How to Hack the Internet for a Faster, Better Job Hunt
Stefan Mancevski , Co-founder at JobHero
With today's technology, employers use an impressive number of tools to find, analyze, judge and communicate with job seekers. If you've been on the hiring side of things at a mid-size or larger company, you've seen how many software solutions are bought and sold in an attempt to nail recruiting. Employers, with just a few clicks, can post an opening to hundreds of job boards, gain powerful social data on all of their applicants and hire consultants to help them find just one right candidate. Why don't job seekers have access to similar tech?
While there isn't a one-stop destination or tool to match employer power, there is the entirety of the web at your disposal. As job seekers, there are a thousand things we can do to keep up with the hiring game. It just requires a little organization to get started.
Learn the company's playbook, like they would learn yours
A company can and will learn everything it can about you from your resume and your online presence. A recruiter will look at your LinkedIn, Twitter and Facebook profiles when they're public. They'll probably do a Google search to confirm various details you put on your resume.
Luckily, these same resources are available for you, the job seeker, to learn more about them. Look at the company's blog and social media accounts. Find vocal executives and employees on Twitter, LinkedIn and Facebook. Read articles they like, opinions they post and complaints they share. It's the easiest way to determine if the company and its strategy are strong cultural fits for you. Additionally, you will learn the company's pain points and will be able to address exactly why you're a strong candidate to tackle challenges with them.
Read the press around them, like they read yours
If you've ever been written about in a news article, for good or bad, then a company can easily find those articles online. You can and should do the same in return. More than just looking at social media profiles, like we mentioned above, scouring news-specific sources will give you a relatively unbiased look at events surrounding the company and how others perceive it.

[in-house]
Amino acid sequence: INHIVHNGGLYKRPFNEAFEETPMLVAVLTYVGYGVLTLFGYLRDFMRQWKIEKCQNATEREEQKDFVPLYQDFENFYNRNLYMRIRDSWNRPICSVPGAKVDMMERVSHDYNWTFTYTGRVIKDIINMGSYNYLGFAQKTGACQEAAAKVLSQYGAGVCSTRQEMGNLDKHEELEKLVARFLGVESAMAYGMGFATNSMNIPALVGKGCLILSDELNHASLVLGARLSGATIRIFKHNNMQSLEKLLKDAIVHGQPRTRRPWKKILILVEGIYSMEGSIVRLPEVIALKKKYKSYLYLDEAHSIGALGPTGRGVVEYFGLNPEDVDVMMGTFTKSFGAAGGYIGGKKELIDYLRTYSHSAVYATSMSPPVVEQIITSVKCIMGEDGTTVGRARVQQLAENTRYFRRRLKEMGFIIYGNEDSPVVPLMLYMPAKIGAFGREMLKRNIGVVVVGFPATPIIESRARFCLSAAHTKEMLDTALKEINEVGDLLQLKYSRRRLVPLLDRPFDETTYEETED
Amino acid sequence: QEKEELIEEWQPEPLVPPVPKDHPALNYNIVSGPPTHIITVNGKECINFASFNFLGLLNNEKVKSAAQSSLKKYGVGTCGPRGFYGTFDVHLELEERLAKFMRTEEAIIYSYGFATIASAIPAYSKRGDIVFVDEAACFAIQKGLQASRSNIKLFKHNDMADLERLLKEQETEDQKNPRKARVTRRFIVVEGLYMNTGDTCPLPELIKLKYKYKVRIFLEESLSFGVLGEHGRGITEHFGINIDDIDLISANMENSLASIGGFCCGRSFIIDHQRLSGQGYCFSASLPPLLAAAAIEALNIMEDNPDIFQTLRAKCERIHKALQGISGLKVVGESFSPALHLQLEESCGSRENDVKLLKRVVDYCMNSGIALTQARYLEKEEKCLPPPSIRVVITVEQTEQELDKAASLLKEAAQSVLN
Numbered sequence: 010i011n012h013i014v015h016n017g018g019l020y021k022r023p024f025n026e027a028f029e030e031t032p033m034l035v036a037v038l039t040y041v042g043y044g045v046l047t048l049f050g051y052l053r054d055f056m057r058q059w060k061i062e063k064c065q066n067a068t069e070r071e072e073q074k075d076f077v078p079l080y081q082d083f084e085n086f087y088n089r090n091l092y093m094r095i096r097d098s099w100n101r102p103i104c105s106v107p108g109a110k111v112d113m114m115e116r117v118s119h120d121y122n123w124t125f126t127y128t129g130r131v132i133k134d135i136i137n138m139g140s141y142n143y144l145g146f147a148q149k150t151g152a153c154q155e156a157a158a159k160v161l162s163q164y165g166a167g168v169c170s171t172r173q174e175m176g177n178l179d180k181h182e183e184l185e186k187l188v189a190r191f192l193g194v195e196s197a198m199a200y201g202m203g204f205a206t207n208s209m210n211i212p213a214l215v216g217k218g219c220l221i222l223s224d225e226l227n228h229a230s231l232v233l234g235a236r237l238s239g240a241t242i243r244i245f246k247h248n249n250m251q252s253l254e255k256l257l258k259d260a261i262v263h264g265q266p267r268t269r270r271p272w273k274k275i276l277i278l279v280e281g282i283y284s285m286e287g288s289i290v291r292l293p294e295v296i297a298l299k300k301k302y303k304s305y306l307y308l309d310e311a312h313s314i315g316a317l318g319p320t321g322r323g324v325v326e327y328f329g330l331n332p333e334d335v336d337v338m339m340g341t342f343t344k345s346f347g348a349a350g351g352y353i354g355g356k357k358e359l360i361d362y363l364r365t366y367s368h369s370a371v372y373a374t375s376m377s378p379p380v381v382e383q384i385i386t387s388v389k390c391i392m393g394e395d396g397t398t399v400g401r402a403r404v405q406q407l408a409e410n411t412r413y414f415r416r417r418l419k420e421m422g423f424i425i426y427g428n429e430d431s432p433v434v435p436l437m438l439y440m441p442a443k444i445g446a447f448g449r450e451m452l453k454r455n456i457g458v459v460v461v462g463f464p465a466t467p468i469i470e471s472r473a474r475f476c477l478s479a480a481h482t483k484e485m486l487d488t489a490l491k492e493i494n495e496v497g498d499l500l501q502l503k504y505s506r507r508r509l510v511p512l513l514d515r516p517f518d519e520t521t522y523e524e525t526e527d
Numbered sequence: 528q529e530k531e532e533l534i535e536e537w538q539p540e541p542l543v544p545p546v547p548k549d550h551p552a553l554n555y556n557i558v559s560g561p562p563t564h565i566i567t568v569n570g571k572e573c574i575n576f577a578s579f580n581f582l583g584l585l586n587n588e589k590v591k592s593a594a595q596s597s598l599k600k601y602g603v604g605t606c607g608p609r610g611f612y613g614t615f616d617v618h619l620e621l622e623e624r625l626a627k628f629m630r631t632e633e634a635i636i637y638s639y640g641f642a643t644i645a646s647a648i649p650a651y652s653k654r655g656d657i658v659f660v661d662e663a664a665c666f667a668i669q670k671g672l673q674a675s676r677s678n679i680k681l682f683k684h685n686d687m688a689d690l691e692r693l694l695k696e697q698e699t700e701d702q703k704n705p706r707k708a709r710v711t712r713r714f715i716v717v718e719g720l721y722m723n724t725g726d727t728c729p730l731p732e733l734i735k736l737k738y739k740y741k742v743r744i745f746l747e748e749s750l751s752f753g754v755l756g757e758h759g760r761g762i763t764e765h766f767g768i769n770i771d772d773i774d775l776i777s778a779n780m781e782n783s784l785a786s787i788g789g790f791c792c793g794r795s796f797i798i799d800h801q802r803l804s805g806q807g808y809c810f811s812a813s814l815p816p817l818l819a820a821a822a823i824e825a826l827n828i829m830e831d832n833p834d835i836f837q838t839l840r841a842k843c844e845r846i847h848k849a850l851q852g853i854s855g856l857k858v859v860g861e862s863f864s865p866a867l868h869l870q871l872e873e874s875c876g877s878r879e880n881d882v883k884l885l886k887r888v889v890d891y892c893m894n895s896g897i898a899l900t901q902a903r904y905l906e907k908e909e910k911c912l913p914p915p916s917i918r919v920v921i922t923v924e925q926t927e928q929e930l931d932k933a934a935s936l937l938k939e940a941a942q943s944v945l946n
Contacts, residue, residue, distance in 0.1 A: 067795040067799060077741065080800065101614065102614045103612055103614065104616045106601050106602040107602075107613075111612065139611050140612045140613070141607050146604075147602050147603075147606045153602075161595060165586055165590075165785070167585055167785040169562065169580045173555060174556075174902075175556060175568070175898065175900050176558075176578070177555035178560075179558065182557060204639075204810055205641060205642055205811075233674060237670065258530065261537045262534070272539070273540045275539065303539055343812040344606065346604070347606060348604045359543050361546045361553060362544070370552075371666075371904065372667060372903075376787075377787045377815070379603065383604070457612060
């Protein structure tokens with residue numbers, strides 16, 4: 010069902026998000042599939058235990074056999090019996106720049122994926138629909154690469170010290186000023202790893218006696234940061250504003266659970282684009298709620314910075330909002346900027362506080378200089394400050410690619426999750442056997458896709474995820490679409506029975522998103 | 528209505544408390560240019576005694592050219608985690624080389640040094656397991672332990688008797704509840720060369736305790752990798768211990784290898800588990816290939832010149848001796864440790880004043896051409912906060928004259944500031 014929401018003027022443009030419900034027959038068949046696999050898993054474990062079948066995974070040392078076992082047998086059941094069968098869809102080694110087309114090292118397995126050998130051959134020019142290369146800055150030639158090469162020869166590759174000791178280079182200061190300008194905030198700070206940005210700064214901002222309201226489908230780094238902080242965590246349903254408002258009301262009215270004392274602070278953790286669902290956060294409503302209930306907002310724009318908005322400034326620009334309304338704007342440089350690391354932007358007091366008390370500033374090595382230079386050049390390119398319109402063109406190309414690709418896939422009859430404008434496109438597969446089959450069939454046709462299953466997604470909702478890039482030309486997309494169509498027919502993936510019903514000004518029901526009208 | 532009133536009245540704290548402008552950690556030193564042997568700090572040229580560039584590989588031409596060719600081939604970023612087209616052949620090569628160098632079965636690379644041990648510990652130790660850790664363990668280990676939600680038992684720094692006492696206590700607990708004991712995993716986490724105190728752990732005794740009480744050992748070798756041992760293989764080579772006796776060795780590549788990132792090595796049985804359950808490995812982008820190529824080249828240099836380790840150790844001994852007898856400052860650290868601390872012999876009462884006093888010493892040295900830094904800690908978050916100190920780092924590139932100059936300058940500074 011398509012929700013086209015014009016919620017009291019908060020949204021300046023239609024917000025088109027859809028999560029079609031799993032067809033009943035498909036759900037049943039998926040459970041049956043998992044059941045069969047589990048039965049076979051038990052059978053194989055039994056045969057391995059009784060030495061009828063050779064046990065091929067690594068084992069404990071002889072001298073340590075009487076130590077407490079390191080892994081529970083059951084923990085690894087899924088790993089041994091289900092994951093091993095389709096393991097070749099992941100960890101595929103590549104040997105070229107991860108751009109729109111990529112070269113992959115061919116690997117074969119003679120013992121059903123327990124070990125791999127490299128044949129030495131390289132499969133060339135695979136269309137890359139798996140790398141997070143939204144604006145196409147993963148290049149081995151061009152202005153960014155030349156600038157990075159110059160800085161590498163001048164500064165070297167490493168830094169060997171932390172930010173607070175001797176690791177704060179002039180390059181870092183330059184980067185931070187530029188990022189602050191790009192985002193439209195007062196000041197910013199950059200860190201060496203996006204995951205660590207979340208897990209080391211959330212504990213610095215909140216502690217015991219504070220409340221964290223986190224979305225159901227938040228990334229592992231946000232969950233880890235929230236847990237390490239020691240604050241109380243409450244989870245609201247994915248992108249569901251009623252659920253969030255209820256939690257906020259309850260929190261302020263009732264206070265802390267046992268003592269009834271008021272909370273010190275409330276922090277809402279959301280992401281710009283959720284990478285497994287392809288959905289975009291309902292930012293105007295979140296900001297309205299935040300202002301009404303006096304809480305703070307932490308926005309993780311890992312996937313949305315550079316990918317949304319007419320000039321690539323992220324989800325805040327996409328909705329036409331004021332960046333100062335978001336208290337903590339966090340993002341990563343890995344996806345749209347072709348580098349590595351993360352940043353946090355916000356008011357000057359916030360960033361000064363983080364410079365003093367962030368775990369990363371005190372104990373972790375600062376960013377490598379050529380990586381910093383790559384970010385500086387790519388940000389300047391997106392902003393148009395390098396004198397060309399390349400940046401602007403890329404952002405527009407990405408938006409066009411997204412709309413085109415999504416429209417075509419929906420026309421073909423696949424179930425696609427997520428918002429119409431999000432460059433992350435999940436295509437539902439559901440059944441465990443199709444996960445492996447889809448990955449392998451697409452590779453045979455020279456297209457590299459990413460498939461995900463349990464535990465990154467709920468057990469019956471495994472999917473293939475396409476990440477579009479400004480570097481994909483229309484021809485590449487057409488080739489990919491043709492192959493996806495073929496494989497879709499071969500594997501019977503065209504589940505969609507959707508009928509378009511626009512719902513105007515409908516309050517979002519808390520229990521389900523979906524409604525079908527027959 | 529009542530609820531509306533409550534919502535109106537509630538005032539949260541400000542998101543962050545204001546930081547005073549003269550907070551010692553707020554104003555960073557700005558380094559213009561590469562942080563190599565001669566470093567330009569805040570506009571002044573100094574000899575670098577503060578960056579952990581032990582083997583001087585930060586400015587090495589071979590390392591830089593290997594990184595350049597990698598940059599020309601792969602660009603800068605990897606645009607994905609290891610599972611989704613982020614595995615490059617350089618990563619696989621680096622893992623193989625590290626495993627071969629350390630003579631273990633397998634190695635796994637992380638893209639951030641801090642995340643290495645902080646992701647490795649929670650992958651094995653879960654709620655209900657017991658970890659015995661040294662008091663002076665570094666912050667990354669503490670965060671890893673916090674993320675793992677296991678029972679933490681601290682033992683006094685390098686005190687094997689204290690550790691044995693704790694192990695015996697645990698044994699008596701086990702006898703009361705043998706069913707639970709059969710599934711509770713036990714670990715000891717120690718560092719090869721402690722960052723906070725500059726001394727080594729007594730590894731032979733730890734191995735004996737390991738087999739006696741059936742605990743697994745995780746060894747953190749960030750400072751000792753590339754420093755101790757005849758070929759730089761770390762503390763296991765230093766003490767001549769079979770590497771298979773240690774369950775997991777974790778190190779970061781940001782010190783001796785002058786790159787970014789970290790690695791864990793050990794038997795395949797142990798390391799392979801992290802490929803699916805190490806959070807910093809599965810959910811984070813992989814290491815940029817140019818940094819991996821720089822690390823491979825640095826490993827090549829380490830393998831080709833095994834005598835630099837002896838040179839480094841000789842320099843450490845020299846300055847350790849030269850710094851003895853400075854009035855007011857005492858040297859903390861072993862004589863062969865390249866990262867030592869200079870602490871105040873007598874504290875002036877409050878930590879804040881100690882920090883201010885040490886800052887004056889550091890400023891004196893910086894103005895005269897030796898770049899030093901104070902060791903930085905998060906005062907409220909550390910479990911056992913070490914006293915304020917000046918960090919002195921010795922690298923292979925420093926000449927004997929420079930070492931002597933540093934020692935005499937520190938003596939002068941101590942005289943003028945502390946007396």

This is how you can determine if that company is going in the right direction and is worth your time. If the things you see in the press give you cause for concern, then you might not want to apply. If you do decide to apply, then these concerns are great things to bring up politely in an interview. Recruiters who dodge or sugarcoat your concerns might be giving you a strong signal that something is going wrong or that the company doesn't know how to fix internal issues. Just remember that you should take the good with the bad by congratulating them on and discussing their recent successes.
Be alive on social media
Recruiters will look at your social media accounts, and there's no way to stop them beyond making all your accounts private. Taking the privacy route, however, closes off a strong avenue for personal advertising. Treat certain social media (Twitter and LinkedIn, for example) as your platform for creating a strong brand around yourself. Get involved in conversations with industry leaders. Tweet your opinions about articles. Offer unique perspectives on the topics that interest you most.
Join professional communities for your field. Check out groups on LinkedIn and sites such as Quora and Growth Hackers. Post and reply to articles with valuable feedback. Brand yourself as a person who promotes conversation, adds value to the community and is an active participant. Recruiters will notice, especially if you tweet out the various conversations that you're active in. It's your best chance to create a positive first impression before you get the chance to talk.
Companies use expensive software to track your applications, collect and store your information and communicate with you. They invest in this software for two reasons: (1) they would be lost in a sea of disorganized information without it (2) they keep a live pipeline of their most impressive prospects ready for whenever they may need to recruit for an open position.
You can tackle those issues the same way with companies you're in contact with, without the hefty price tag. Track your applications. Create a process to stay organized by saving all the information you've recorded in your research, categorized and sorted by company. Set next steps and due dates for important events and begin nurturing a relationship with different companies. Keep them in your pipeline as they keep you in theirs. You can take advantage of free online organizational tools to get your job search in order. The best companies and recruiting departments nail the organizational part of their process, and the same goes for the best job seekers and careerists.
Stefan Mancevski is a co-founder at JobHero, a free web and mobile job search dashboard for job seekers to organize, optimize and upgrade their job search. You can follow Stefan on Twitter at @smancevski and JobHero at @gojobhero.
Reprinted with permission from JobSeekerWeekly.com